Are there any other similarities between the two diseases?

Actually yes - a very interesting similarily. Lemierre’s Syndrome is preceded (enabled) by Epstein Barr virus, while COVID19 is enabled by the SARS-Cov2 [11, 14–16]

What about theories that the SARS-CoV2 itself is attacking the haemoglobin?

Well, the paper that made waves with this theory was a computational modelling study, which is often inaccurate [17]. There is another reason. For SARS-Cov2 to break the haemoglobin using its proteins, it has to enter red blood cells (let's assume it can do that) and then make proteins from its DNA using the cell machinery. But, RBCs have no nucleus - and thus can't make proteins. Some studies have shown some weak protein synthesis within RBC’s - but the chances are low. Also most importantly, deep sequencing of 3 blood samples did not yield any virus in a study from China [18]. If the virus was indeed breaking haemoglobin, this would be a much deadlier pandemic.

So what, in your opinion, is responsible for haemoglobin degradation leading to DIC?

One possibility is the cytokine storm (though some papers are refuting there is a storm [19]) can lead to such vascular damage. However, these bacteria express haemoglobin degrading proteins [20], heme-binding proteins sequestering heme after haemoglobin degradation [21], ‘plundering‘ iron, and thereby sequestering oxygen [22]. And a very important enzyme - hemagglutinin, which causes thrombus formation, initially in venules and then in arterioles. SARS-CoV2 does not have hemagglutinin - but you know which virus has? Influenza! The virus was responsible for the ’Spanish” influenza’ pandemic in 1918. And that seems a more plausible hypothesis. And this is not just theoretical - these proteins are being expressed in patients, as observed from the sequencing data.

What are COVID toes - are they related to DIC?

COVID toes are cutaneous manifestations of COVID-19 - these are skin rashes, lesions around the hands and feet, which could be painful or itchy Early reports are linking this to asymptomatic children. A recent study shows a similar manifestation (ischemia in the legs and the arms) in an adult diagnosed with Lemierre’s syndrome [10].

Do you think COVID toes is the Kawasaki disease, as is being reported?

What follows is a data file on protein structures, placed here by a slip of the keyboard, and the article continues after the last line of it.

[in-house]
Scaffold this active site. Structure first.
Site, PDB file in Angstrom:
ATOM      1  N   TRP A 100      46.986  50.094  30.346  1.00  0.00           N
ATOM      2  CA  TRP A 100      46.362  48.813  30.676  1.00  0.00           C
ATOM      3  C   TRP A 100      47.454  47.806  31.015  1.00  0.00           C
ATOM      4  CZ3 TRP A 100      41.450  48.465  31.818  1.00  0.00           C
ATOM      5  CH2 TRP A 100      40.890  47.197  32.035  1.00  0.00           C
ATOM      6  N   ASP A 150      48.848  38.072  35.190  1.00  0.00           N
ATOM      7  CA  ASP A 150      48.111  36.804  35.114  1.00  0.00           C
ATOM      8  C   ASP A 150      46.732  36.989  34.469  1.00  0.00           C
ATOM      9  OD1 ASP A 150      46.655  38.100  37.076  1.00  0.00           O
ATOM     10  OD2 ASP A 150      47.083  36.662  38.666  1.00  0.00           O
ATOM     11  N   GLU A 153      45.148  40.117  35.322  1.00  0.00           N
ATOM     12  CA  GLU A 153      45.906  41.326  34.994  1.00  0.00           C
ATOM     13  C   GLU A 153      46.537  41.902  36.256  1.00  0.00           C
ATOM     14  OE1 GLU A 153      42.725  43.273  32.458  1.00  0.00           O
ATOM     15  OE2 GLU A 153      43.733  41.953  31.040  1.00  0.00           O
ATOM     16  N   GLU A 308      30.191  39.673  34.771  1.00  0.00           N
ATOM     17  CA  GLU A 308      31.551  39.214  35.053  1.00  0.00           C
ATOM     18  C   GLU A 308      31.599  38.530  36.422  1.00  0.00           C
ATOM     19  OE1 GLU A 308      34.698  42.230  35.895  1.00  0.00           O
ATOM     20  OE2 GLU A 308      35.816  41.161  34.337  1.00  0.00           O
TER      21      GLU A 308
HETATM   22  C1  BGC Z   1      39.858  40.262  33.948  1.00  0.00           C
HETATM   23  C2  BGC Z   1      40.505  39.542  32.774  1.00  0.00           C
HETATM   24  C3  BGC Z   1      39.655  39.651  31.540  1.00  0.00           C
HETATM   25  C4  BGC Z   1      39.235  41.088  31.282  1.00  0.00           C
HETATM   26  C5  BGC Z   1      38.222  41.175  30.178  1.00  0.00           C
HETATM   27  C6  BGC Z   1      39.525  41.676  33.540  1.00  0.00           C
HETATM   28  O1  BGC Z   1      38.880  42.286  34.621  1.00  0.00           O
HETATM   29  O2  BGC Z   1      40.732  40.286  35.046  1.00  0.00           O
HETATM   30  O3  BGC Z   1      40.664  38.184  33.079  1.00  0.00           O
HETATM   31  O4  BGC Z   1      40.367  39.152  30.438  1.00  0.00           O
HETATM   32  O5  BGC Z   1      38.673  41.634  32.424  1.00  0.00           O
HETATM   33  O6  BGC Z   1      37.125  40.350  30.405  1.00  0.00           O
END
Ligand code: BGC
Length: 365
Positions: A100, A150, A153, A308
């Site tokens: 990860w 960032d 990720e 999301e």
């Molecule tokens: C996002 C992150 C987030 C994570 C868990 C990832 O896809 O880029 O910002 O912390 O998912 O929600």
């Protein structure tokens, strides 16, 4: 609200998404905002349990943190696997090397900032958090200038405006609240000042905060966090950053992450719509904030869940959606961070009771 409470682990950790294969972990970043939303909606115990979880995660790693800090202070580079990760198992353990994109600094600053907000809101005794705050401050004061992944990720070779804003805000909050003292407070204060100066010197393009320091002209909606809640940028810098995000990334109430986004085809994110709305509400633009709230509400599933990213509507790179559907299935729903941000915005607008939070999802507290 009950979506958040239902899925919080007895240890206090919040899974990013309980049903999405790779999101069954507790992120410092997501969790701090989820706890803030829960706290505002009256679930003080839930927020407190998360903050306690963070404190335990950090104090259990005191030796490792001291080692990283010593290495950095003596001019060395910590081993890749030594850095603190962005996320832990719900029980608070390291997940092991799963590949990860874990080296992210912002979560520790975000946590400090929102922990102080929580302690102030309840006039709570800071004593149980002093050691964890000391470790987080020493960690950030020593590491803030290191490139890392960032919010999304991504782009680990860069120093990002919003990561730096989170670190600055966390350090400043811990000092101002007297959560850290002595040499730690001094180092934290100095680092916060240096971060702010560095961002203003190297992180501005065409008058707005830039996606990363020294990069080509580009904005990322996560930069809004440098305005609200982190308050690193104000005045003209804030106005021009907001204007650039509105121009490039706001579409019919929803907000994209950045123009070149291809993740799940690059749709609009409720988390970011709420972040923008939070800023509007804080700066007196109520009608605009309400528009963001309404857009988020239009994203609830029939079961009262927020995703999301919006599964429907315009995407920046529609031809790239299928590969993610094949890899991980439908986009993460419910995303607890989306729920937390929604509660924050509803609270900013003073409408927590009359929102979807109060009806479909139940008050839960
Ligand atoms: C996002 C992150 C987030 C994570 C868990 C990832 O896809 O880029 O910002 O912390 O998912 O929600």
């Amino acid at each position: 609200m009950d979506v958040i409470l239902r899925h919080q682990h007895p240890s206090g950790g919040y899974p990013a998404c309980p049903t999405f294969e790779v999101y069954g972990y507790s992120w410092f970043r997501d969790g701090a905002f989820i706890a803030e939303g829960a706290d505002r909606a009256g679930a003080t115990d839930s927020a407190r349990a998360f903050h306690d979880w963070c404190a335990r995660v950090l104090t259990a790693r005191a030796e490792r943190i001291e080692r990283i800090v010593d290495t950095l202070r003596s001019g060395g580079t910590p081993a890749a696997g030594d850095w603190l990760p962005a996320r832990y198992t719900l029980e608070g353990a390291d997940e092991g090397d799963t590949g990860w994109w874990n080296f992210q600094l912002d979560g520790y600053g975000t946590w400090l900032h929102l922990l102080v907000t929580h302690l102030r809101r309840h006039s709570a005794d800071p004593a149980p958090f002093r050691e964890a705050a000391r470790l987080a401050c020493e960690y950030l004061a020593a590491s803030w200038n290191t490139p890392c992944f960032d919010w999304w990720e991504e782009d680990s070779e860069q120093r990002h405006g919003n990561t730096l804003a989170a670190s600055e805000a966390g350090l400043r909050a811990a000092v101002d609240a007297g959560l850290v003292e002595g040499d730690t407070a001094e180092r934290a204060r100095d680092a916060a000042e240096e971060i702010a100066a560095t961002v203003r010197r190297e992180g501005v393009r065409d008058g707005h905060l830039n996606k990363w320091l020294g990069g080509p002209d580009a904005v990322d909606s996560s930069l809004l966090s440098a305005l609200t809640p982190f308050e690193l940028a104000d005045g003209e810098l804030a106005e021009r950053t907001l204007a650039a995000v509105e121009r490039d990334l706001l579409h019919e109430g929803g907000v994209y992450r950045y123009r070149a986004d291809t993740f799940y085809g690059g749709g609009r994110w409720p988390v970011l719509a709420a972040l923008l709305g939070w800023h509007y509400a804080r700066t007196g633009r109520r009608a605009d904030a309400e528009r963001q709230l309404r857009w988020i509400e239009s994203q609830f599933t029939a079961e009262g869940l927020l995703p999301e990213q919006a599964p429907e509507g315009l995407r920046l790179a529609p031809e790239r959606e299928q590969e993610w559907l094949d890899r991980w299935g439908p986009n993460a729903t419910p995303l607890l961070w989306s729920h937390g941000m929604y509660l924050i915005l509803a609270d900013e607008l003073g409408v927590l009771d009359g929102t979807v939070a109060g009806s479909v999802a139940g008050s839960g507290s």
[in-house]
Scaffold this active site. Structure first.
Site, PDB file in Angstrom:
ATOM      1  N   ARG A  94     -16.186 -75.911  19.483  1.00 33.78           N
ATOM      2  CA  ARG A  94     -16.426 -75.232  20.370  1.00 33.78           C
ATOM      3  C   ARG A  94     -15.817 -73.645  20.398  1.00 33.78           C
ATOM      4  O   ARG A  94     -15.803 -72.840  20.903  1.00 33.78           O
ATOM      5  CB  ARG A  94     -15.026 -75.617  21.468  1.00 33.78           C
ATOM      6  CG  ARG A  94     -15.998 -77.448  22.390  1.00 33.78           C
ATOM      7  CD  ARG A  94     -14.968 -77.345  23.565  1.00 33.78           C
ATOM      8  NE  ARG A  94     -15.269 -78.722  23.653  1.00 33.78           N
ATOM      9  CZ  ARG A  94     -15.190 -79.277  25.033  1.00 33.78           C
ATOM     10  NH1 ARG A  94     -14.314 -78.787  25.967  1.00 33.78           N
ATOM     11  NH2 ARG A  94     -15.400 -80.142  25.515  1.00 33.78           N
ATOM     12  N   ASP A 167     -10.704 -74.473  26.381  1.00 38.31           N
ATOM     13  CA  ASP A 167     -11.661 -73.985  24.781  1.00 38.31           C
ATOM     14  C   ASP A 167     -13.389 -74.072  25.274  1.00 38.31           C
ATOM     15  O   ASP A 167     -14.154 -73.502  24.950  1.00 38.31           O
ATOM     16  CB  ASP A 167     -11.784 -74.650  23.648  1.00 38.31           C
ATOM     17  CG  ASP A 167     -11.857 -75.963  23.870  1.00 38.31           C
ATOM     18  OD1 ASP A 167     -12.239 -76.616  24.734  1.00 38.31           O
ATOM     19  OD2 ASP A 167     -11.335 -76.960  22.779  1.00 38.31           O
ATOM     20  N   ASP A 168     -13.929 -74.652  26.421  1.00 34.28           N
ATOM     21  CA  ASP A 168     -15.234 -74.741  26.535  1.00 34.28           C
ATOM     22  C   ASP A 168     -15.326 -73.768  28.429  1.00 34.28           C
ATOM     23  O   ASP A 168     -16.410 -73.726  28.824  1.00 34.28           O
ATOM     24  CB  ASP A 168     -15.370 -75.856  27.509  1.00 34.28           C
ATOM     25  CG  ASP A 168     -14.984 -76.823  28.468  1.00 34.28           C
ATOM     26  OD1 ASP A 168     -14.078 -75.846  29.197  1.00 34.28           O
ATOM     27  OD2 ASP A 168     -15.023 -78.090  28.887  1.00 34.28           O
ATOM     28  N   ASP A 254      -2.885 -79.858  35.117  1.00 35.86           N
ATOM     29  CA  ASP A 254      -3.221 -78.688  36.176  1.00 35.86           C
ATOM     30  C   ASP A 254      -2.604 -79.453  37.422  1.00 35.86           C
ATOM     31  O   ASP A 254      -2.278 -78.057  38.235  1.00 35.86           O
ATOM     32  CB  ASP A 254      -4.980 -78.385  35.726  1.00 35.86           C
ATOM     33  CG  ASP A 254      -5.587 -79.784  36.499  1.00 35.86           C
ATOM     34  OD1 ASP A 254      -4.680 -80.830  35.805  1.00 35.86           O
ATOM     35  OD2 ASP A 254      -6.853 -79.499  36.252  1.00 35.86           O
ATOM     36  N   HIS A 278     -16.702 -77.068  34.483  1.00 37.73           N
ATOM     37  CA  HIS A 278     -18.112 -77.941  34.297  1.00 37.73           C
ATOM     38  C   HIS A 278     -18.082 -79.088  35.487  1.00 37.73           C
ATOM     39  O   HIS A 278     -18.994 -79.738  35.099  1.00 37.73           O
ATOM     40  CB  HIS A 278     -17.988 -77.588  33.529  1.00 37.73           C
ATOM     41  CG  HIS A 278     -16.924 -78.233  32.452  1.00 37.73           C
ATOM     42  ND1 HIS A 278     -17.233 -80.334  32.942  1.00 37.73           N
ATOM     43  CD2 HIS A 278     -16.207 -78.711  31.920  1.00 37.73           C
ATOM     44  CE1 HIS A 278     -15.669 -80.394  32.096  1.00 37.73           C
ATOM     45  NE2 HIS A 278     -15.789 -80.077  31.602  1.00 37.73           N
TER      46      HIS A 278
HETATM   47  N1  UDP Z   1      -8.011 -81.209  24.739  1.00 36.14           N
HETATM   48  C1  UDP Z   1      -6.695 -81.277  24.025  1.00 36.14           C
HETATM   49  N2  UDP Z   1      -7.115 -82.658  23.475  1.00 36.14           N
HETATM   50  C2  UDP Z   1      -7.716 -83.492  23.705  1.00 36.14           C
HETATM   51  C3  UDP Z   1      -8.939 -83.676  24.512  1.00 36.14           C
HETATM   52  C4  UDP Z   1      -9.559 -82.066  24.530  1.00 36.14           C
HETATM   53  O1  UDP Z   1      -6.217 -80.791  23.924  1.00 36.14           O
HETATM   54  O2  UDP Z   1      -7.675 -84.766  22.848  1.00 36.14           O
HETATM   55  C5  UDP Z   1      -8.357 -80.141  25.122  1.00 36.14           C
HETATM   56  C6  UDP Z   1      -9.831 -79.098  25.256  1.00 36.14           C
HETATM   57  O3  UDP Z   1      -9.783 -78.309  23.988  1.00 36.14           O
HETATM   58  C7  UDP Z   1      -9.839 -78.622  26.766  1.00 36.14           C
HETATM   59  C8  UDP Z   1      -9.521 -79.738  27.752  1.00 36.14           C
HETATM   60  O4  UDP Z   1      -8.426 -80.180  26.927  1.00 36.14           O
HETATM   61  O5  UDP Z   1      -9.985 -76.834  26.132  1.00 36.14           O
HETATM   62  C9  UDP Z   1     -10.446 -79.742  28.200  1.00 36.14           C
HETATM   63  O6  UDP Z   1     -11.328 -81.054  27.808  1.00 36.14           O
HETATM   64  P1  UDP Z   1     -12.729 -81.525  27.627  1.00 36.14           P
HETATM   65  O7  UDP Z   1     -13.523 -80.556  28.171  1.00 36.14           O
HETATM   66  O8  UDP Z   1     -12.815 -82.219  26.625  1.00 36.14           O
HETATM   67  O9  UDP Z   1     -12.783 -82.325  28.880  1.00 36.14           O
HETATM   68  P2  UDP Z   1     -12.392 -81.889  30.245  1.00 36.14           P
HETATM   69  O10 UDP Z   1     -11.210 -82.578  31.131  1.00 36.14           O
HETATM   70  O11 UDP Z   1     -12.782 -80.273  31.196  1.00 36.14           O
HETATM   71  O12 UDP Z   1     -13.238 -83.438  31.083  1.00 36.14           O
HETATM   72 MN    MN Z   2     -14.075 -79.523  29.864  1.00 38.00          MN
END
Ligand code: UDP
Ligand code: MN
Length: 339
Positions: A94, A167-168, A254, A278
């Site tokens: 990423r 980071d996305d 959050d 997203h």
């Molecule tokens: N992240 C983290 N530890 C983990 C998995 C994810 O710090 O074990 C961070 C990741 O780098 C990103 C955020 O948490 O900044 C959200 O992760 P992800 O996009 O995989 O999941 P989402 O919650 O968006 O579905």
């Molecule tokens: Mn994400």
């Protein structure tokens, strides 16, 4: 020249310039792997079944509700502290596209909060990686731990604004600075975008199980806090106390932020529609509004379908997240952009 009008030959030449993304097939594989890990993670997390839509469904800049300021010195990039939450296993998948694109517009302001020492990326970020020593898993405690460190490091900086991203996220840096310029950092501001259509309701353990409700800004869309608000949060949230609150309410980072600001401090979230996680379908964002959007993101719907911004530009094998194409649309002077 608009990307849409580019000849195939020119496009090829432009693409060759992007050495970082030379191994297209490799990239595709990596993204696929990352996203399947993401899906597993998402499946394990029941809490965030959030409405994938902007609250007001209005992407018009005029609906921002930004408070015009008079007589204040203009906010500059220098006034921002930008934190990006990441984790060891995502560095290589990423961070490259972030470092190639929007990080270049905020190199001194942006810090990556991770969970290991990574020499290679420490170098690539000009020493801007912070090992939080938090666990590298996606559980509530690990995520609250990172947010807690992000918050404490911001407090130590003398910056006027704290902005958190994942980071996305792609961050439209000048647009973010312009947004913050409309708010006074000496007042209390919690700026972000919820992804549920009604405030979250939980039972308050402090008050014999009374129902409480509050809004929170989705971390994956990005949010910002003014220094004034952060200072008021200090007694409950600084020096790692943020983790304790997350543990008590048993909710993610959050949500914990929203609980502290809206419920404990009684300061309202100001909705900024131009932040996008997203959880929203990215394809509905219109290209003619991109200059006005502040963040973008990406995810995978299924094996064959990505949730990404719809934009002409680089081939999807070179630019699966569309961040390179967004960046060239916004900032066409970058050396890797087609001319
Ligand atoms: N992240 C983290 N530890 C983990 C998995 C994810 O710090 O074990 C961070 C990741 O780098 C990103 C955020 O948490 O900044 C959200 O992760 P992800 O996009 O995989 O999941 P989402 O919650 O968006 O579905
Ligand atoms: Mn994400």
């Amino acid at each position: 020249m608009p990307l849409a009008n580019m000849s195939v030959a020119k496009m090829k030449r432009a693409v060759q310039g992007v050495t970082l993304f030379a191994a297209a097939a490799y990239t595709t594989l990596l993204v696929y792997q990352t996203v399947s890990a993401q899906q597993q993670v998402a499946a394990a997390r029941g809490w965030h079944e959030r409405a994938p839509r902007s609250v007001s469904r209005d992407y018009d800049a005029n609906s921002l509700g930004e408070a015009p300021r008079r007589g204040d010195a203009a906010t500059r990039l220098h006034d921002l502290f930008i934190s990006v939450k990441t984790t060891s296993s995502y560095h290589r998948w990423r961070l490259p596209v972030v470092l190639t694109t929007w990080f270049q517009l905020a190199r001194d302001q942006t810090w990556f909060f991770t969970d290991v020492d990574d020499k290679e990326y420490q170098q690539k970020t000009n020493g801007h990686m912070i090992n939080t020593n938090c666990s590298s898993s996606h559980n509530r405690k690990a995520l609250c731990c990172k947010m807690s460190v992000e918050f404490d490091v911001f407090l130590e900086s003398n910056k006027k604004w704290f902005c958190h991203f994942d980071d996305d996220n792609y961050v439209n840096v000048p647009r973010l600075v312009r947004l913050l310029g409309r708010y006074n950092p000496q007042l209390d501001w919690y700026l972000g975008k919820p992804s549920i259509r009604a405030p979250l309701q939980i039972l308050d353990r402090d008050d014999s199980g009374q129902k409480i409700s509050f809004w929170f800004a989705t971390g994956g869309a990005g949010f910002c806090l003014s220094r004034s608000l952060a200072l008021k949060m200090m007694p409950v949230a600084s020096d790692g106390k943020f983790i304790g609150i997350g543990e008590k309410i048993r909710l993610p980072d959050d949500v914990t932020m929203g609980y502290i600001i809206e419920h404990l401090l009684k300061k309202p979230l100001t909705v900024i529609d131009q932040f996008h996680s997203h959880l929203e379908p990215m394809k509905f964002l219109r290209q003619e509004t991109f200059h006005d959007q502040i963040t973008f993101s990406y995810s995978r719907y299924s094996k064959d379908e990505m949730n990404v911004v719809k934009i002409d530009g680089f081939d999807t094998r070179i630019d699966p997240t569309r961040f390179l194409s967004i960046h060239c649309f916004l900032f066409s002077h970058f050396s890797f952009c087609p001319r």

Well, many diseases have overlapping symptoms - so finding an exact name may be difficult. And quite unnecessary too. But the exact cause for Kawasaki disease has not been found - linked to genes, viruses, bacteria, chemicals, are all possibilities. Whereas Lemierre’s Syndrome is known to be caused by anaerobic bacteria - even Prevotella [23] - the bacteria that started it all for me in COVID-19 [6].

Competing interests: No competing interests were disclosed.


1. Tang N, Li D, Wang X, Sun Z (2020) Abnormal coagulation parameters are associated with poor prognosis in patients with novel coronavirus pneumonia. Journal of Thrombosis and Haemostasis.

2. Cui S, Chen S, Li X, Liu S, Wang F (2020) Prevalence of venous thromboembolism in patients with severe novel coronavirus pneumonia. Journal of Thrombosis and Haemostasis.

3. Kollias A, Kyriakoulis KG, Dimakakos E, Poulakou G, Stergiou GS, et al. (2020) Thromboembolic risk and anticoagulant therapy in COVID-19 patients: Emerging evidence and call for action. British Journal of Haematology.

4. Fogarty H, Townsend L, Ni Cheallaigh C, Bergin C, Martin-Loeches I, et al. (2020) Covid-19 coagulopathy in caucasian patients. British Journal of Haematology.

5. Thachil J, Tang N, Gando S, Falanga A, Cattaneo M, et al. (2020) Isth interim guidance on recognition and management of coagulopathy in COVID-19. Journal of Thrombosis and Haemostasis.

6. Chakraborty S (2020). Sars-cov2 enables anaerobic bacteria (Prevotella, et al) to colonize the lungs disrupting homeostasis - symptoms (ARDS, septic shock, blood clots, arterial stroke) finds resonance with key differences, in the ‘forgotten disease’ Lemierre syndrome, caused by anaerobic bacteria enabled by Epstein Barr virus. doi:10.31219/osf.io/usztn. URL osf.io/usztn.